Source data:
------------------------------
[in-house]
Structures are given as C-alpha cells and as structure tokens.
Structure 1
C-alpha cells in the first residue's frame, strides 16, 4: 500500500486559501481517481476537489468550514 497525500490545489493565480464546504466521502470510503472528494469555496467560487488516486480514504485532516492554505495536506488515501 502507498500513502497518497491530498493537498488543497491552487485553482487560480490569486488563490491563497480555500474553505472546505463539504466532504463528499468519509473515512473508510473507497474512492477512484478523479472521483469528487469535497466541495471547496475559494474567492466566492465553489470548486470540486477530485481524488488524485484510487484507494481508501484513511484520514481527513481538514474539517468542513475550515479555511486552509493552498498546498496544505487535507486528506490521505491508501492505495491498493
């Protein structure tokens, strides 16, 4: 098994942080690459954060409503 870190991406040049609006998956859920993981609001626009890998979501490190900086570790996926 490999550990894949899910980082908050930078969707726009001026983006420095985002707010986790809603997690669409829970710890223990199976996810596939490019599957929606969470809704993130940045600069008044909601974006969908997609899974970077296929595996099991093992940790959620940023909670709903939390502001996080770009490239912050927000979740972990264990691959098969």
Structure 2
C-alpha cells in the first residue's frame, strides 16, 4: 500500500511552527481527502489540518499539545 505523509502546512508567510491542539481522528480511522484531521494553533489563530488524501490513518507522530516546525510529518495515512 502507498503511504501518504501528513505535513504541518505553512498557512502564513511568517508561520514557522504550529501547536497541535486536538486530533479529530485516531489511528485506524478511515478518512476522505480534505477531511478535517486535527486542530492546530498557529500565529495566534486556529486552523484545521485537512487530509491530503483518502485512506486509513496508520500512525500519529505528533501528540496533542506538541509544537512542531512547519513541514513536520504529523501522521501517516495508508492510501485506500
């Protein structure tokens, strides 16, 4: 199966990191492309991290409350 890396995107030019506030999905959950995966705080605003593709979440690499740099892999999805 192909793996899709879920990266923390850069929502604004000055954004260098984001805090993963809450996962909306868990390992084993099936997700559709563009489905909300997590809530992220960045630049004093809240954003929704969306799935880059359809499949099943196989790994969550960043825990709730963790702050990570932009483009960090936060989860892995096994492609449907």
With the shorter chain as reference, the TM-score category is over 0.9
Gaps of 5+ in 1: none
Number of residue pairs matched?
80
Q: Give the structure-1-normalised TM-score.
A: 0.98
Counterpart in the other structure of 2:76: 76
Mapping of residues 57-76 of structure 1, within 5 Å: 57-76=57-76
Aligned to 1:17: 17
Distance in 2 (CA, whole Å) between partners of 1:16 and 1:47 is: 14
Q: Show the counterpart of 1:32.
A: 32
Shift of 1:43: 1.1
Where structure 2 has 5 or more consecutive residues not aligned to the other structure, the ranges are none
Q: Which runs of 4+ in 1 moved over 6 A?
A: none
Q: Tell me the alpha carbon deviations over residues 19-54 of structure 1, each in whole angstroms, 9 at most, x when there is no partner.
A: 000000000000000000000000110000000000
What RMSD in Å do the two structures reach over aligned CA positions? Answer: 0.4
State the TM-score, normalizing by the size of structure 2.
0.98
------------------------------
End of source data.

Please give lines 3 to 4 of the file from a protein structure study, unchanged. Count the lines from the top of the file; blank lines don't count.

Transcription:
Structure 1
C-alpha cells in the first residue's frame, strides 16, 4: 500500500486559501481517481476537489468550514 497525500490545489493565480464546504466521502470510503472528494469555496467560487488516486480514504485532516492554505495536506488515501 502507498500513502497518497491530498493537498488543497491552487485553482487560480490569486488563490491563497480555500474553505472546505463539504466532504463528499468519509473515512473508510473507497474512492477512484478523479472521483469528487469535497466541495471547496475559494474567492466566492465553489470548486470540486477530485481524488488524485484510487484507494481508501484513511484520514481527513481538514474539517468542513475550515479555511486552509493552498498546498496544505487535507486528506490521505491508501492505495491498493